We look at how financially prepared they are for the world ahead of them


As part of our community initiatives to educate and support the UAE with financial planning and understanding, Finsbury Associates has kicked off a Money Skills campaign aimed at Year 13 students leaving school this summer.


All of the students who took part said they found the workshops extremely useful, however it was interesting to learn that only 45% have had any sort of budget education or advice. The consequences of low levels of financial literacy can be significant. Low financial literacy when leaving school, is linked to a host of negative credit behaviors, including higher borrowing rates not to mention how financial stress and credit card debt have been tied to an increased likelihood of missing lessons and dropping out of university or college.


We asked students what their plans were upon leaving school this summer.


Over 95% of students plan to continue with formal education, which along with UCAS (university admissions) figures in the UK, reflect this as a record high for students continuing their studies. 32.6% of the UK’s 18 year old population will be entering university or college education of some description. That’s a huge number of young people from all walks of life in further education. But it’s also a huge number of young people taking control of their finances, most for the first time.


How many plan to remain in the UAE?


Of the students we talked to less than 10% plan on staying in the UAE with over 50% heading to Europe, 19% to Canada and 10% to Australia


With so many different destinations, we were surprised to learn that no one knew what FX was? (foreign exchange). So it’s no surprise that students were mostly unaware of the impact this would have on their day to day finances. In particular, how the rise and fall of the dollar or home currency could leave them with a very different bill to what they were expecting. The strain on a student’s finances, if they are subject to home country fluctuations, could make or break their chances of succeeding with their self or partially funded further education program, travel plans or next venture.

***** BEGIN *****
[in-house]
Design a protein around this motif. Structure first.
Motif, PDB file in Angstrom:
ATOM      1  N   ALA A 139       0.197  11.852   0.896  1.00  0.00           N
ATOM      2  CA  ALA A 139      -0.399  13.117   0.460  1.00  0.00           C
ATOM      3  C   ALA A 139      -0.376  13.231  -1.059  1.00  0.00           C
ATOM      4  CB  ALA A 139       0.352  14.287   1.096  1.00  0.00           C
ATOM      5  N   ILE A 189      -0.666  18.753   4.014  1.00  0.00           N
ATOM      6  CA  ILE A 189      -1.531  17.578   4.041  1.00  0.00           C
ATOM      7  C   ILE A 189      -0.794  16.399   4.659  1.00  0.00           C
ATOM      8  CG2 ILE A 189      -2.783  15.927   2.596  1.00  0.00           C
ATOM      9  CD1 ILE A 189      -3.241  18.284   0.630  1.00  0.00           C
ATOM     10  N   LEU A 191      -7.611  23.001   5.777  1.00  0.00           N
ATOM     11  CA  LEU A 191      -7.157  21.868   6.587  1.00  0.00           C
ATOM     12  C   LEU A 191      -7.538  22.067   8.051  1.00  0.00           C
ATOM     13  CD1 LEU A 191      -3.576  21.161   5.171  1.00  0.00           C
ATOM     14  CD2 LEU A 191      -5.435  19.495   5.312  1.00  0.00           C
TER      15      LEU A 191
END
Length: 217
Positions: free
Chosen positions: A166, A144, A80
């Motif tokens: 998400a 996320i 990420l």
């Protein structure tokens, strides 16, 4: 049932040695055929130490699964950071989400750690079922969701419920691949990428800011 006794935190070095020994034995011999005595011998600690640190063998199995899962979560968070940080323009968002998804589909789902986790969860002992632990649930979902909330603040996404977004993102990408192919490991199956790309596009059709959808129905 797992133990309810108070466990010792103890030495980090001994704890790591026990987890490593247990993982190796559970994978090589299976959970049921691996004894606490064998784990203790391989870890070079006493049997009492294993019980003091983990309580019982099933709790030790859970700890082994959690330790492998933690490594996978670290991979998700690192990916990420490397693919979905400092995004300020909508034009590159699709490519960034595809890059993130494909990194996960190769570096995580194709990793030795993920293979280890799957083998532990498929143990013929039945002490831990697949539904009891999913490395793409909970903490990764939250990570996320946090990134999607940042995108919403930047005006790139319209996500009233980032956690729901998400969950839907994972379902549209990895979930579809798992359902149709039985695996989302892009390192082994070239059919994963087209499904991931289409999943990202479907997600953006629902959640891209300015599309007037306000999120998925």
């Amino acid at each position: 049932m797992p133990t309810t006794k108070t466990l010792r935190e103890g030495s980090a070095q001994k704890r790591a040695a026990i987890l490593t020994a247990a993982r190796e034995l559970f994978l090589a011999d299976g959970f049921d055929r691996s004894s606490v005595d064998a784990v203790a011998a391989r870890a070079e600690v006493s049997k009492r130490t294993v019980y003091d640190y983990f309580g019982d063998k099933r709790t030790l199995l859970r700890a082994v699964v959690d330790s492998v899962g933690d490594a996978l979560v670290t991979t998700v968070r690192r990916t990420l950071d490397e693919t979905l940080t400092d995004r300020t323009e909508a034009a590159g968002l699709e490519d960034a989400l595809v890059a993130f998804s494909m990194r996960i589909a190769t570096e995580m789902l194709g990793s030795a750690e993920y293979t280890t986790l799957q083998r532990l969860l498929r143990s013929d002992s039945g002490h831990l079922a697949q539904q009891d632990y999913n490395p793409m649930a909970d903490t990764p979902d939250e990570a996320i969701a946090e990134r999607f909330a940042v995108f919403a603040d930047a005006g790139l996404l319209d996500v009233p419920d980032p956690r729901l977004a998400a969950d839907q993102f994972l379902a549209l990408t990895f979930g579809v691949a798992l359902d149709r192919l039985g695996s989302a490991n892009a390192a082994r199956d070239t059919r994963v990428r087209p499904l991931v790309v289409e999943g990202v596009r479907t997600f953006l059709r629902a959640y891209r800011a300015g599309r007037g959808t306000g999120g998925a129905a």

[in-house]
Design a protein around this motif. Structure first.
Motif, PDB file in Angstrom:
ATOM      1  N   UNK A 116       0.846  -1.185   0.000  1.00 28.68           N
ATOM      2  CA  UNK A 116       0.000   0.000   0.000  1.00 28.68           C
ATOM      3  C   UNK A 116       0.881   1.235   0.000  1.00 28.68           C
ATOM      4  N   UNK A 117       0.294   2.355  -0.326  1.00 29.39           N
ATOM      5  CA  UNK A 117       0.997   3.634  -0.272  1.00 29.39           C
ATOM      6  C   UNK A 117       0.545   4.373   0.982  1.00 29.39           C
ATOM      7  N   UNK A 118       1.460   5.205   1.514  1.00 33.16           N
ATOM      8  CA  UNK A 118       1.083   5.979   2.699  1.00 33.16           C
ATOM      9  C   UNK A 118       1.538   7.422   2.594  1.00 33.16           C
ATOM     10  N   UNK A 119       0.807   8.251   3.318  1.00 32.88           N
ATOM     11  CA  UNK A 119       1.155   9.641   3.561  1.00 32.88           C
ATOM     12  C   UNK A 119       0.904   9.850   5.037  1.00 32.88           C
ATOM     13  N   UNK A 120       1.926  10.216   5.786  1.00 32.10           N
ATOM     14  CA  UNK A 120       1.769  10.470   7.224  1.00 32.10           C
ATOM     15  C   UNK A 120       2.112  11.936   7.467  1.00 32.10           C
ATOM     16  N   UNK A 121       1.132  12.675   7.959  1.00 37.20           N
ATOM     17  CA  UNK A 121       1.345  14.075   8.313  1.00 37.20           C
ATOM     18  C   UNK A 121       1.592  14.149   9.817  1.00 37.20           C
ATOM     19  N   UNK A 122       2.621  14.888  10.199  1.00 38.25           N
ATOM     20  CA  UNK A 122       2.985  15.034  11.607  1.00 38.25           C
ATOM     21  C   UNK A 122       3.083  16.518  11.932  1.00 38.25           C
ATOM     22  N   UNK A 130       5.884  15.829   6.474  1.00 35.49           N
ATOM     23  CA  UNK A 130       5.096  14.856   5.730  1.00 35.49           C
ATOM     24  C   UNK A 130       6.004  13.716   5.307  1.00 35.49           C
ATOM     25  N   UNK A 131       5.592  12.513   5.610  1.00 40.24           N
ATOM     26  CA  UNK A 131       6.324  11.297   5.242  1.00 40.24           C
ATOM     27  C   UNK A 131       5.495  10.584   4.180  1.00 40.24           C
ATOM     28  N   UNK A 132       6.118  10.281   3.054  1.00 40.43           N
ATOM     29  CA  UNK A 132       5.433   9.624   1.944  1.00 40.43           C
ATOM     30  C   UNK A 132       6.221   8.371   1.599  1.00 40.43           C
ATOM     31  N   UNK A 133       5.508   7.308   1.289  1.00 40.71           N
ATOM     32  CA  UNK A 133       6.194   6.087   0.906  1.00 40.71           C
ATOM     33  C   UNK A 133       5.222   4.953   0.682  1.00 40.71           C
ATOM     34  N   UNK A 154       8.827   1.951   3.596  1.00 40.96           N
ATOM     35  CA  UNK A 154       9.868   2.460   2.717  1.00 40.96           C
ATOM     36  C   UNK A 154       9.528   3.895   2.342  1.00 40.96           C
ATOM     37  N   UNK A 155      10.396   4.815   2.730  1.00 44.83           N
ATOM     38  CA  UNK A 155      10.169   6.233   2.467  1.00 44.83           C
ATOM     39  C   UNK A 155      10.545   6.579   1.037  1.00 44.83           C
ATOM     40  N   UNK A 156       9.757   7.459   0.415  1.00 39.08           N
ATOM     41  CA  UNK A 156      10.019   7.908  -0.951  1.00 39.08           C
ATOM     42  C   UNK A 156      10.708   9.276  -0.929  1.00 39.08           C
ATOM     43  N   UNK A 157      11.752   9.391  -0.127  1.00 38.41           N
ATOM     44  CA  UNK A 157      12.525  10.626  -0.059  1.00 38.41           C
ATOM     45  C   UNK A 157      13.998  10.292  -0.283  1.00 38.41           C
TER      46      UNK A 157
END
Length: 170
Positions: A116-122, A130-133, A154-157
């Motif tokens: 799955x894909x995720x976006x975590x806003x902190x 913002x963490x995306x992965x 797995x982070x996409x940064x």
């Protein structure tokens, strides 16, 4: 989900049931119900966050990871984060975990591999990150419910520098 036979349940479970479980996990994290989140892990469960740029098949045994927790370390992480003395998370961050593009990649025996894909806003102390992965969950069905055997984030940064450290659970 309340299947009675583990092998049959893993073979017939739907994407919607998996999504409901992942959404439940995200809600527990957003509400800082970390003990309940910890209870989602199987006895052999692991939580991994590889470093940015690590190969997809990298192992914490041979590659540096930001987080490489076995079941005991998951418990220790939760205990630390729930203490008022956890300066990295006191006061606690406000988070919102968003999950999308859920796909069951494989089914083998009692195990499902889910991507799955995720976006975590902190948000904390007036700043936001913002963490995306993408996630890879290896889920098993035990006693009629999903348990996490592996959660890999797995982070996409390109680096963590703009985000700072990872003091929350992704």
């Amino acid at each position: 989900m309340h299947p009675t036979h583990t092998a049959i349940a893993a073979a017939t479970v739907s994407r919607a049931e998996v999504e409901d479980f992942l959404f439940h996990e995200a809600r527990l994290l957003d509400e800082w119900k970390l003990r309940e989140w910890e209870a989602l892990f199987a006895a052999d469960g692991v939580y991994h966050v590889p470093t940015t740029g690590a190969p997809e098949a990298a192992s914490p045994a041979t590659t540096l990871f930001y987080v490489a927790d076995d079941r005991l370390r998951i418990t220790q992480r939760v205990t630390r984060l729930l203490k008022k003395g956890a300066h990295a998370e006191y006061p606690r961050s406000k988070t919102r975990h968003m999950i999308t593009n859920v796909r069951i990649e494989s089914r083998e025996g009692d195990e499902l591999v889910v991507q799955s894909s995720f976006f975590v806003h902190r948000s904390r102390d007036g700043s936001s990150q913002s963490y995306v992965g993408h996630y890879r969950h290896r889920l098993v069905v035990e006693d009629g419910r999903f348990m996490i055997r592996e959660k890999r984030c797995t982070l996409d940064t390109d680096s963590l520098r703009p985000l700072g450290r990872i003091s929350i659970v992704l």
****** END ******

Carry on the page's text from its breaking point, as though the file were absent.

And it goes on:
And so the question of funding becomes even more important…..


15% of students say they will be funding their own education, with 20% saying they still don’t know.  


It is vital that all students are taught the basics of financial planning


Whatever students choose to do when they leave full-time education in the UAE, it is vital that all students are taught the basics of financial planning. For many, this will be their first time away from home, friends and families so it’s important that we support students and make sure they’re financially aware so they can avoid the stress of poor budget management and enjoy their next step into the world.


  1. Include kids in financial decision making
  2. Share your top financial reads with kids, whether it be Bloomberg, FT, or other trusted publication
  3. Make the time to discuss money with your kids – it might not be as exciting as the Ipad, but it’s often received as a genuine sign of respect and care.



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